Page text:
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Earth Activities
The lessons below are teacher-favorite lessons focused on Earth. For more search options or to search by other science target, missions and other criteria, visit our Fast Lesson Finder. You can also search by curriculum standards on our popular Curriculum Standards Quilts.

Earth Lessons:

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Short Description: Learning about the Sun and the planets as a "treasure map" through the eyes of Scientist-Treasure Hunter, Dr. Phil Chamberlin.

Time Lineup
Body: Earth

Short Description: Students work in groups or as a class to determine the order of events that formed our solar system. This is an excellent activity to begin discussion of events that shaped the solar system and how Earth's geosphere and biosphere have changed -- in an interrelated manner -- through time. (Click here for links not accessible on the PDF version of this activity.)

Tracking a Solar Storm (Part 1)
Topic: Magnetism
Body: Earth
Mission: Earth Science (Earth)

Short Description: This is a short introduction and overview to space weather forecasting. It explains how scientists detect a storm on the sun's surface, and track it to Earth.

Tracking a Solar Storm (Part 2)
Topic: Magnetism
Body: Earth
Mission: Earth Science (Earth)

Short Description: This is a step-by-step guide to using web-based resources and scientific data archives to track a specific solar storm from cradle to grave.

Transit of Venus Math
Body: Sun, Venus, Earth
Mission: Heliophysics (Sun), SOHO (Comets)

Short Description: This problem book covers 17 specific mathematics problems that are common to studying the transit of Venus more critically.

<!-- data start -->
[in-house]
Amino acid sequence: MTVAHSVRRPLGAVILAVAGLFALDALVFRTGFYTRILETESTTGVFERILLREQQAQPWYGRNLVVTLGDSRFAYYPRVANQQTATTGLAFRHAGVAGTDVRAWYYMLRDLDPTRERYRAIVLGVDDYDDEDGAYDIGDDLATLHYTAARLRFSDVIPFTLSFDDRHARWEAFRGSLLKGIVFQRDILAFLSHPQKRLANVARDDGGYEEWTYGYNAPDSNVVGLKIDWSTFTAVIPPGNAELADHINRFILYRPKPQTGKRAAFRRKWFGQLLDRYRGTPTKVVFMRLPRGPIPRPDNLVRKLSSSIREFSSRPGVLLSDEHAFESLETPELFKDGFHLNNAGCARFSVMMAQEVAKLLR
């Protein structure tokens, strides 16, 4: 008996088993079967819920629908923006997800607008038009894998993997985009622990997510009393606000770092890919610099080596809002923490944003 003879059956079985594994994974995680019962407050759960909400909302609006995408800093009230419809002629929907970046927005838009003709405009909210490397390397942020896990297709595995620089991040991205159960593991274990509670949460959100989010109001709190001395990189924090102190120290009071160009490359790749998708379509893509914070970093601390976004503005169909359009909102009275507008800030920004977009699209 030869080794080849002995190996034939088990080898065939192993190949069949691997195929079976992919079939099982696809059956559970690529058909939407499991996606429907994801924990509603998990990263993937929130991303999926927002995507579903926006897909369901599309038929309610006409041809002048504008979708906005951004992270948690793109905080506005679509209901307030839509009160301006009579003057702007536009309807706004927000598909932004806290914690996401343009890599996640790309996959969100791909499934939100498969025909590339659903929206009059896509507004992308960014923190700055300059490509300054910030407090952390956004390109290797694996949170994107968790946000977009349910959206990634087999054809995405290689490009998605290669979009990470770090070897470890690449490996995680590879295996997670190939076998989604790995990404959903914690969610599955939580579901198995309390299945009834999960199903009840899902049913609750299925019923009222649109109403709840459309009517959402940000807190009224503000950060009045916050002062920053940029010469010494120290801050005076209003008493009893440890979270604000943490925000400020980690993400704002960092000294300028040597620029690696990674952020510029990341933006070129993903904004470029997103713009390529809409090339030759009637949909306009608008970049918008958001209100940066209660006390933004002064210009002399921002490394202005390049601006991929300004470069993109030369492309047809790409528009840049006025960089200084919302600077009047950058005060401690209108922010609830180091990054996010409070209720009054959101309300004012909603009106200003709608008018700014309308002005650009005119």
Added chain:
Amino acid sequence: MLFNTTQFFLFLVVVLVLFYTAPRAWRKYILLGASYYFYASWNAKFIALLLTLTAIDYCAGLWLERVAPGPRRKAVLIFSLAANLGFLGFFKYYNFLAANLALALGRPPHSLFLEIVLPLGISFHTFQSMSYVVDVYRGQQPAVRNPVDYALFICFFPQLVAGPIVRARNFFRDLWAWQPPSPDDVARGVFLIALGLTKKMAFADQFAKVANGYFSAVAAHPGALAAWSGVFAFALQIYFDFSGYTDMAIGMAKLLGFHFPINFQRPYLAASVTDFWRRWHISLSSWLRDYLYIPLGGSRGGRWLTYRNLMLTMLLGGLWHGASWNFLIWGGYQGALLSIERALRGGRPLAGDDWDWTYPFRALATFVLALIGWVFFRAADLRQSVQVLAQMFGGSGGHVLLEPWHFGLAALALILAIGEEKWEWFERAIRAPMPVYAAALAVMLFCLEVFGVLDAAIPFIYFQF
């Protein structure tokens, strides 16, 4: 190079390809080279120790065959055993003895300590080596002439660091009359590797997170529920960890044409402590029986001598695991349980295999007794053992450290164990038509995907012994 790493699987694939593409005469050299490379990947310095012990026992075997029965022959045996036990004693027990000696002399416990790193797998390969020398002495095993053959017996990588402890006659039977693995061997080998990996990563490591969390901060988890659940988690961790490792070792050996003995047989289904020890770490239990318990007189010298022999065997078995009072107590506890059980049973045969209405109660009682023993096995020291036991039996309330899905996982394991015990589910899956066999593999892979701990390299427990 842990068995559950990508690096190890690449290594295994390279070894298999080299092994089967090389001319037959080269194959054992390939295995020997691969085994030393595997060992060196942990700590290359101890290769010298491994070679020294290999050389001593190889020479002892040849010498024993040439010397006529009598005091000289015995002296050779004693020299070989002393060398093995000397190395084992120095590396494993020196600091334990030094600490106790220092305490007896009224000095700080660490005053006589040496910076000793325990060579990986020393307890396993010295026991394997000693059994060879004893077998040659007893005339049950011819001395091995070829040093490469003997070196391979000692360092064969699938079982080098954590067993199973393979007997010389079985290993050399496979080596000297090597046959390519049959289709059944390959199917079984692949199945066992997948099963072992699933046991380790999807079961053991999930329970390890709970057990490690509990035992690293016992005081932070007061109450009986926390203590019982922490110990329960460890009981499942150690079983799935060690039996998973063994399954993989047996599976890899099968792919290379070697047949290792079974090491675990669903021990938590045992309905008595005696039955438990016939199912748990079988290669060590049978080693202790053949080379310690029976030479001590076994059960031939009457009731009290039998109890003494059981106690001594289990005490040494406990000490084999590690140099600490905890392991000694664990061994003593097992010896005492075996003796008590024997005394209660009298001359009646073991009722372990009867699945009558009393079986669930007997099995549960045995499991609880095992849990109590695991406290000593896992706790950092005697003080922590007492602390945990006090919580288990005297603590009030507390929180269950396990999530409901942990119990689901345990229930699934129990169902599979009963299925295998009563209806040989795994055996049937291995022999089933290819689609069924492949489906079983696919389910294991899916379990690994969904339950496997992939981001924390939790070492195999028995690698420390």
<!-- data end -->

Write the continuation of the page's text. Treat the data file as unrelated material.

Short Description: It is the most exciting question one can ask of the solar system: is life unique to Earth, or are there abodes of life on other planets -- even moons? A starting point is concluding that life as we know it requires liquid water. Given this constraint, in the first activity students explore a mathematical model for how temperature varies with distance from the sun. It allows them to find the "happy place" for possible life -- the range in distance from the sun within which a planet might contain liquid water. At first glance, it appears only Earth exists within this range. Students then plot the actual observed temperatures for planets and moons, which demonstrates that more than just distance from the sun accounts for planetary temperature, leading to potentially many abodes of life in the solar system. In the second activity students research the broader requirements for an abode of life, and whether these requirements are found on other worlds.

Water Quality at Earth Observatory
Body: Earth

Short Description: These citizen science activities could be used in a high school classroom to gather and submit data on local water quality, and to analyze satellite data.

Who Can Live Here: Life in Extreme Environments
Topic: Life